Tuesday, November 7, 2006

"Sin is infection, not infraction."

Frederica Mathewes-Green in First Things has been inspired by recent events to reflect on sin:
"In the Eastern Orthodox Church, we speak of the impulses that move us toward any kind of sin as “passions.” You shouldn’t think of this term as related to “passionate.” It’s more like “passive” (as in “the Passion of Christ”; his passion is what he endured).

These impulses beat us up. They originate as thoughts, sometimes as thoughts that evade full consciousness. The roots are tangled with memories, shame, anger, fear—and the thoughts are also very often inaccurate.

All this mess damages our ability to see the world clearly. We go on misreading situations and other people, and venture further into confusion. The illness compounds itself, to the delight of the Evil One, who nurtures lies and has no compassion on the weak. To him, the weak are breakfast.

Eastern Christianity speaks of this as the darkening of the
nous, that is, of the perceptive center of a person. (Most English bibles translate nous as mind, but that’s not quite it; the nous is not the rational intellect but a perceiving faculty. Thoughts and emotions are subsequent reactions to the nous’s perceptions.) The damaged nous is like a pair of glasses fitted with distorting lenses. It needs healing.

The Greek word represented by this kind of “passion” is
pathos. It means “suffering.” It is because we are helpless in our suffering that Christ came. He took on vulnerable human form and went into the realm of death and defeated the Evil One. Now we are invited to gradually return to health by fully assimilating the truth that sets us free—by assimilating the presence and life of Christ himself. “It is no longer I who live, but Christ who lives in me,” St. Paul said. This life fills and changes us like fire fills a piece of coal.

In the Eastern Christian understanding, sins are not “bad deeds” that must be made up in order to satisfy justice. They are instead like bad fruit, which indicates a sickness inside the tree (the analogy Jesus uses in Matthew 7:7–8). Sin is infection, not infraction. And God not only forgives freely but also sent his Son to rescue us when we were helpless.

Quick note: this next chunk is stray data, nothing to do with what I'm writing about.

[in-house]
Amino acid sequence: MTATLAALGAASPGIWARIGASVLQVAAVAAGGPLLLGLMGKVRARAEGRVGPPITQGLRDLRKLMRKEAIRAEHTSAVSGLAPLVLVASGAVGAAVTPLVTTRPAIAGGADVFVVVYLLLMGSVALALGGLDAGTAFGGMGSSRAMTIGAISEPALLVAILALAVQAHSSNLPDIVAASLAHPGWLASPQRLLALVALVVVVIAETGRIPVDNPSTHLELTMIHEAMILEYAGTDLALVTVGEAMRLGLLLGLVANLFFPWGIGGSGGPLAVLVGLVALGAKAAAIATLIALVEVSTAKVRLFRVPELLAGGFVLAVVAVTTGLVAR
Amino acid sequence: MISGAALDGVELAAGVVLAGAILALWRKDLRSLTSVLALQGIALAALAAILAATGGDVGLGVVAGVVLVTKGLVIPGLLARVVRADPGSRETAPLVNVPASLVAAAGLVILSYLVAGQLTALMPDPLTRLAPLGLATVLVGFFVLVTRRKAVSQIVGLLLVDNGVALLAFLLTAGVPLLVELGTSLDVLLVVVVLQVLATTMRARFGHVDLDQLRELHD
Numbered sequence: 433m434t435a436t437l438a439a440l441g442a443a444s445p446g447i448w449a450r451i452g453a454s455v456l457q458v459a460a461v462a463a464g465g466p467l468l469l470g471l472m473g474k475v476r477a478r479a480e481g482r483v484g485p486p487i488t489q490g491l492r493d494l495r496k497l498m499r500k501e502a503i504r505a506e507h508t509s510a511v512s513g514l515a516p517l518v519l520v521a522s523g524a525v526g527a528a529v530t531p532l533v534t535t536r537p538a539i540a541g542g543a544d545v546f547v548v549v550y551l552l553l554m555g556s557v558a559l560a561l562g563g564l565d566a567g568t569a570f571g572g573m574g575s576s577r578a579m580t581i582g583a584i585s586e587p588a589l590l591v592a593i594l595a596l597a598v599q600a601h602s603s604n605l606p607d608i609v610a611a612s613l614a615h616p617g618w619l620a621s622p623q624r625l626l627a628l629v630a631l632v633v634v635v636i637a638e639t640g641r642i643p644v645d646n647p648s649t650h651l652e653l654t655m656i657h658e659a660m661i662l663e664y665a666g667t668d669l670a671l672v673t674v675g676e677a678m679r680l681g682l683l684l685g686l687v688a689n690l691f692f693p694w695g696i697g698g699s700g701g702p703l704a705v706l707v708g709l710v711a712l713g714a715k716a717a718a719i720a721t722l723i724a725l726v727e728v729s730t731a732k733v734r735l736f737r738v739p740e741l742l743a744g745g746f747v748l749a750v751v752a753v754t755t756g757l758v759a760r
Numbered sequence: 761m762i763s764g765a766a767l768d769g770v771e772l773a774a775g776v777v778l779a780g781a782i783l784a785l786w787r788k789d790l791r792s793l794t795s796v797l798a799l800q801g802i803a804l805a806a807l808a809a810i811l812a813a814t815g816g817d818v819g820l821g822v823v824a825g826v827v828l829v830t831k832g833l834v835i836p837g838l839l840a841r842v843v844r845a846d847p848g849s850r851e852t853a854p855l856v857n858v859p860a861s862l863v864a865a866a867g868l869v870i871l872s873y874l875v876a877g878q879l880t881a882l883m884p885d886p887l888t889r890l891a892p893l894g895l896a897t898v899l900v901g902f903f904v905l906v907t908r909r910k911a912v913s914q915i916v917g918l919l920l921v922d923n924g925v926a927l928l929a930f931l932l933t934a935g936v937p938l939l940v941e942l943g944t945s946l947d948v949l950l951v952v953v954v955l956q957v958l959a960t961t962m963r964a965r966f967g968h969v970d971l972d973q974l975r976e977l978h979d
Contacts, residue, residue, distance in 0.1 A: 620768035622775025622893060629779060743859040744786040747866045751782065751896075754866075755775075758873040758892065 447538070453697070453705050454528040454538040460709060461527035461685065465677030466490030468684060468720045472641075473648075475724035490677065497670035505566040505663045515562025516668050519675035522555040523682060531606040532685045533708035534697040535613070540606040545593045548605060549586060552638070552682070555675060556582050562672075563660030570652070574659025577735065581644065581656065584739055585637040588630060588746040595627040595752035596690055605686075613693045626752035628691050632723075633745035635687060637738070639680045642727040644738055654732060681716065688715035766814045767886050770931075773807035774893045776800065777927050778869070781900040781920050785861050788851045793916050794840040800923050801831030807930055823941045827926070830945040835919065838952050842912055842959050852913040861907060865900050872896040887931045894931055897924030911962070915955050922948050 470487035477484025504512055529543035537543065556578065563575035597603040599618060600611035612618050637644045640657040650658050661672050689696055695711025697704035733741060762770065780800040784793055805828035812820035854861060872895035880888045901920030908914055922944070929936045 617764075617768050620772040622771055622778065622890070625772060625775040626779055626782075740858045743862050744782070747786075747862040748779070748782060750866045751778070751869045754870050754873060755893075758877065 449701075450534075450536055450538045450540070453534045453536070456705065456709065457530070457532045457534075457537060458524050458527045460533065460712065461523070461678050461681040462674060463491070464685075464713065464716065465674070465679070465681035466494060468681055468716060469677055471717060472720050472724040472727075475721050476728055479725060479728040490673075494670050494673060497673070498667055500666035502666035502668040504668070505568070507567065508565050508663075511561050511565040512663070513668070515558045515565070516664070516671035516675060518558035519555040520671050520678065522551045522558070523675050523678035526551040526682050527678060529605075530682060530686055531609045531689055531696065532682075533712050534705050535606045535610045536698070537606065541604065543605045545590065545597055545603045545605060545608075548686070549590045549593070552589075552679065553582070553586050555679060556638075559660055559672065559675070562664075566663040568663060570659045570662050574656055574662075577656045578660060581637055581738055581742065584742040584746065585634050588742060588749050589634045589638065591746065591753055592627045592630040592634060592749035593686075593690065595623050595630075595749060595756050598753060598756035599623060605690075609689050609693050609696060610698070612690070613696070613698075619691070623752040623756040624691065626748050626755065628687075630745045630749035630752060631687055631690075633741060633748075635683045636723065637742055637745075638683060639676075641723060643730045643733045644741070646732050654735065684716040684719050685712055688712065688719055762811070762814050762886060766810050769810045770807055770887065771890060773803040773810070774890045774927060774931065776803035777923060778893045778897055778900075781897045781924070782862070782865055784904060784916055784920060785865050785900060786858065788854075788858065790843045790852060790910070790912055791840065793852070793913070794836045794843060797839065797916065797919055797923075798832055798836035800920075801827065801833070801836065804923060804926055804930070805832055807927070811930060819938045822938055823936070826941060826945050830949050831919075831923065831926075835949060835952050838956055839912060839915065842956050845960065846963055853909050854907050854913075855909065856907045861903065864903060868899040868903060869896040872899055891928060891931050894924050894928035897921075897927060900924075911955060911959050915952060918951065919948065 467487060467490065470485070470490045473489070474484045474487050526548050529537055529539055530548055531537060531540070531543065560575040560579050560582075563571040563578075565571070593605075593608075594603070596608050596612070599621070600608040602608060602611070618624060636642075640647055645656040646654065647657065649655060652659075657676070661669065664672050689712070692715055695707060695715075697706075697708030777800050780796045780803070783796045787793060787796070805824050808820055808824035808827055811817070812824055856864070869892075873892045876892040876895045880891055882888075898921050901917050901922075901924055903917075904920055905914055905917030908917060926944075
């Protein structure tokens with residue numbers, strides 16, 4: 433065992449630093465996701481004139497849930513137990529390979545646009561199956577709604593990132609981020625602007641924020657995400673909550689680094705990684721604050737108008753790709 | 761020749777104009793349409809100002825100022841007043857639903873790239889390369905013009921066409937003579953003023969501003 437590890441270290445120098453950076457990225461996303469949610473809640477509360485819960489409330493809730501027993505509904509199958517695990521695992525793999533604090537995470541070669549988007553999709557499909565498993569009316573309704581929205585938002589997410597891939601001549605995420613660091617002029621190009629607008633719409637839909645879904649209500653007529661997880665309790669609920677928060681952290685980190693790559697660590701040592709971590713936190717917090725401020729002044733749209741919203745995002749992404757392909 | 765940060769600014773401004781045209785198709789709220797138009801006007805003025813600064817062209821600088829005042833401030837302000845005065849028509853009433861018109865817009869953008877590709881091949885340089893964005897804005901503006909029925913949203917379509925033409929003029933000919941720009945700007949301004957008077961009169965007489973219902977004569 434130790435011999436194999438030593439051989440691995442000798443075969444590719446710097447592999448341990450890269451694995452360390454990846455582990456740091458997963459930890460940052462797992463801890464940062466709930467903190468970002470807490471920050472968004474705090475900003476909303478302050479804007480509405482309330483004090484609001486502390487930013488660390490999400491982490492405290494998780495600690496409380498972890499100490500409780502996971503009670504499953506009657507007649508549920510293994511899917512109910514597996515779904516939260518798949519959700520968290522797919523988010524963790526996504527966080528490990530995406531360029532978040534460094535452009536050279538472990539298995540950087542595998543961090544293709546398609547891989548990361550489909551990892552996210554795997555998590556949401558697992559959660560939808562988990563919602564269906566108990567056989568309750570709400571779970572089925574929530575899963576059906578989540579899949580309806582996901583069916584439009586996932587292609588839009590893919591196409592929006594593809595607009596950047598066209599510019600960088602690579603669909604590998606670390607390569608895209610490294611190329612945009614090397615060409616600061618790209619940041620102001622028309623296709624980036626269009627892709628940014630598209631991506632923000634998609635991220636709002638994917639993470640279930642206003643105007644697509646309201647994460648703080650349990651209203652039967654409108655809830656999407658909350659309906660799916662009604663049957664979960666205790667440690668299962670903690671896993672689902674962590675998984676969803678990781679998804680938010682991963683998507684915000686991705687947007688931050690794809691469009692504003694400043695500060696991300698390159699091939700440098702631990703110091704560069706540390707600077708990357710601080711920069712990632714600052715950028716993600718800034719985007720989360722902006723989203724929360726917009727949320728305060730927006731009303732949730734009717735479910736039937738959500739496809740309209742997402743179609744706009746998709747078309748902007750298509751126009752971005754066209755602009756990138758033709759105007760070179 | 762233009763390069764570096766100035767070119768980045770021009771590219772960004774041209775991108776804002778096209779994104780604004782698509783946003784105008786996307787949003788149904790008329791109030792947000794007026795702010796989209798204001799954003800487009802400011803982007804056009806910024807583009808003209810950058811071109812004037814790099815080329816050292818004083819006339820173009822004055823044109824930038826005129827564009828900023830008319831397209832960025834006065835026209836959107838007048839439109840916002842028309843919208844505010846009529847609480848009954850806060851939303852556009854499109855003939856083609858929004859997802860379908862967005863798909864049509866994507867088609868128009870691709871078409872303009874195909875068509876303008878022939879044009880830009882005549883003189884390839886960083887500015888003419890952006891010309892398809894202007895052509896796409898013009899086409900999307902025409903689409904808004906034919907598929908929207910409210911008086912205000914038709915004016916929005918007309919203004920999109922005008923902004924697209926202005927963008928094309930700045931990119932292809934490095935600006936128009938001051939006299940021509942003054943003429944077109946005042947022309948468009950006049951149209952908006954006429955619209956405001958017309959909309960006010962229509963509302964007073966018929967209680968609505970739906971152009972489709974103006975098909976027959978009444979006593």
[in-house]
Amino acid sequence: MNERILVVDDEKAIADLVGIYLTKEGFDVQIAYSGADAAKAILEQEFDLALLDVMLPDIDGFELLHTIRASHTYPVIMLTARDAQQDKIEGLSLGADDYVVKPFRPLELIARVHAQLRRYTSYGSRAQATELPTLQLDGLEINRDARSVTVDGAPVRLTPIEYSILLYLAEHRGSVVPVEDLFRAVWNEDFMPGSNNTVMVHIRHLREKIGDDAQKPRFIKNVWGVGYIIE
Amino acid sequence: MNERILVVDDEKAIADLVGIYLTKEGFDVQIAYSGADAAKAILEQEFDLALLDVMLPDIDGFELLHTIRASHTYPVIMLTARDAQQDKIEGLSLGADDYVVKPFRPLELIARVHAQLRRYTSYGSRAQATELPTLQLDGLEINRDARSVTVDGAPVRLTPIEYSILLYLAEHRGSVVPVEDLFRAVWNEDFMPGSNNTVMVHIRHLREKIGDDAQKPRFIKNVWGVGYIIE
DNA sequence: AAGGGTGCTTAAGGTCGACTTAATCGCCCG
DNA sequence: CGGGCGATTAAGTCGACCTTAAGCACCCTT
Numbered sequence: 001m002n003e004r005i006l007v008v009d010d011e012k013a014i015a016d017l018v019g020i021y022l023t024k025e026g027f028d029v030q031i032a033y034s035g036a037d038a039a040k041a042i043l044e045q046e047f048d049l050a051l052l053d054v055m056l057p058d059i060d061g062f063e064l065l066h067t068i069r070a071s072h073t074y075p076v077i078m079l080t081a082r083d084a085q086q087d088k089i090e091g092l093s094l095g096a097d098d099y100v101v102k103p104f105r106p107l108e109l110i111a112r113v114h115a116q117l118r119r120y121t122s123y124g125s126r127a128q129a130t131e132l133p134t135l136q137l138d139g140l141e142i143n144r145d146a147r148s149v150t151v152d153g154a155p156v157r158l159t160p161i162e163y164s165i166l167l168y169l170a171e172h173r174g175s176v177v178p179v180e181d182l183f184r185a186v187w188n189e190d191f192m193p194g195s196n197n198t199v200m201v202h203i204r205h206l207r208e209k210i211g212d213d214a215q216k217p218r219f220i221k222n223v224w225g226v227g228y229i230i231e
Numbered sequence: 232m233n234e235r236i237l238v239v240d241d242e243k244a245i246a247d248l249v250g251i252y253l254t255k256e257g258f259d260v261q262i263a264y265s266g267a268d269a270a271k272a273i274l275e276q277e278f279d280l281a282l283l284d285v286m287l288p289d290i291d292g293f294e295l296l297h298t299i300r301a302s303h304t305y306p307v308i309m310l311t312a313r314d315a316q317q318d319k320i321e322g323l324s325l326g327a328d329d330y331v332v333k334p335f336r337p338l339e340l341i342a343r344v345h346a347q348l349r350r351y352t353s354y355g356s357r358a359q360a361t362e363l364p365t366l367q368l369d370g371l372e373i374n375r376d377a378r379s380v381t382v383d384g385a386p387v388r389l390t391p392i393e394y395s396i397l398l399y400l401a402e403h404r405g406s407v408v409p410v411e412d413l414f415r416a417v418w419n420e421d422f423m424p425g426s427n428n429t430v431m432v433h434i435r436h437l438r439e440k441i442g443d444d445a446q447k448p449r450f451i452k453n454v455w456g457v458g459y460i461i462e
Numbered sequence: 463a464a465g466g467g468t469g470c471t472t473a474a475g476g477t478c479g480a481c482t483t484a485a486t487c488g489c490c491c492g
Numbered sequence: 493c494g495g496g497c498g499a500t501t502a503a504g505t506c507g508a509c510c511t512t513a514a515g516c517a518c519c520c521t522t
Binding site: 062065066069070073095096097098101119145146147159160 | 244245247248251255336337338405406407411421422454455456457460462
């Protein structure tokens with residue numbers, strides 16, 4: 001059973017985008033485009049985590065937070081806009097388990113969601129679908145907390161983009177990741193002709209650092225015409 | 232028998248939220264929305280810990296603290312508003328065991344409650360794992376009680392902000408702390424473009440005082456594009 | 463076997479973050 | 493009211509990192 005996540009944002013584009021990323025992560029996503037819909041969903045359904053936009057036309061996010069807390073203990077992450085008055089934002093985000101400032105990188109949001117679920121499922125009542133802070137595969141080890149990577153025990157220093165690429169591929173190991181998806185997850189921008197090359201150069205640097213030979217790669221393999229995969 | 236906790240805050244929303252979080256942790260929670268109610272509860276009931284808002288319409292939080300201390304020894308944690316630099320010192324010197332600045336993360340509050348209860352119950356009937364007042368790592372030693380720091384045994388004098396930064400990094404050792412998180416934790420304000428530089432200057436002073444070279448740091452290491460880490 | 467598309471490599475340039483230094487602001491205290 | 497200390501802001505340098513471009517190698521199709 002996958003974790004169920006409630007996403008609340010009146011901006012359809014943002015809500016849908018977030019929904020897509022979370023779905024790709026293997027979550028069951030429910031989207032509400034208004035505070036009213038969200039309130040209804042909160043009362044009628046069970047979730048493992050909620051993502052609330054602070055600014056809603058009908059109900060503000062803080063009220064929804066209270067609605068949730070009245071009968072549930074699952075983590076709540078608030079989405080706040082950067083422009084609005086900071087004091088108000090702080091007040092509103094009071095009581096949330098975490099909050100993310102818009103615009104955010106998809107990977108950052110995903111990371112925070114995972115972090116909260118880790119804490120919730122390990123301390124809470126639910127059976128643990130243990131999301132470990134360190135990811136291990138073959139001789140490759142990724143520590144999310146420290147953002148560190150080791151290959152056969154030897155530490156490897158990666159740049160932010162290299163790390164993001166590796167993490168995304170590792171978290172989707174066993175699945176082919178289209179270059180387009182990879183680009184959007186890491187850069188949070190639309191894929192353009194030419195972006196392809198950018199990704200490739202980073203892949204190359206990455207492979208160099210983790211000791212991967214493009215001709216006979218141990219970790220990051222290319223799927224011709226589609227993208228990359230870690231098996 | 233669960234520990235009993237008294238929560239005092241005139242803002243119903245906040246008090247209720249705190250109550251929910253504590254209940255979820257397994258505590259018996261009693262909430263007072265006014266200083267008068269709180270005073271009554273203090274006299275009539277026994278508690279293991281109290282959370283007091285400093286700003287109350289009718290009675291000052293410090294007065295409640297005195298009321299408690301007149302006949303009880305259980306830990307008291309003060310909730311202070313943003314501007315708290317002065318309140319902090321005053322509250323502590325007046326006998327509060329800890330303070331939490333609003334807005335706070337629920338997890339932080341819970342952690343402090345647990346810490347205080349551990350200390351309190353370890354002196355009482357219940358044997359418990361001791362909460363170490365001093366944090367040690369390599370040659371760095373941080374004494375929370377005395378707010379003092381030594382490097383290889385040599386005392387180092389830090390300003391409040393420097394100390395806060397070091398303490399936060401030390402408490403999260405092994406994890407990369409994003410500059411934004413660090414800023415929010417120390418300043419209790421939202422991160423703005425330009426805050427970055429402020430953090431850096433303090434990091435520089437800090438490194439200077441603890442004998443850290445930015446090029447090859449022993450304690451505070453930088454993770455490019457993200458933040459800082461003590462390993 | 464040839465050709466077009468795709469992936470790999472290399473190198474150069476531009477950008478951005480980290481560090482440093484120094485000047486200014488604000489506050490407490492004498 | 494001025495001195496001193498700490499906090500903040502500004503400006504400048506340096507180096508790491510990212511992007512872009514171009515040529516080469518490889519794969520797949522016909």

With God’s help, we begin to heal. Like an athlete striving for the prize (I Cor. 9:24, Phil. 3:14, 2 Tim. 2:5), we resist succumbing to lying thoughts. The ancient spiritual disciplines—continual prayer, fasting, and love of others—are like the exercises in a time-tested workout routine. They make us stronger. When we fall, we get up. This is a life of continual repentance—and you can see in that word re-pent, “re-think.” Salvation is health, and health comes from knowing the truth and resisting lies. This gradually heals the
nous so that it is restored to its original purpose: to perceive God’s light permeating all Creation.

St. Paul writes, “Be transformed by the renewal of your nous.” The biblical word for repentance,
meta-noia, means literally the transformation of the nous. We are welcomed into God’s kingdom in an instant, as we see in the story of the Good Thief; but full healing comes slowly and will continue every day that we live.

So it is a mistake to present Christianity the way some churches do, as if it is the haven of seamlessly well-adjusted, proper people. That results in a desperate artificial sheen. It results in treating worship as a consumer product, which must deliver better intellectual or emotional gratification than the competition. And that sends suffering people home again, still lonely, in their separate metal capsules."

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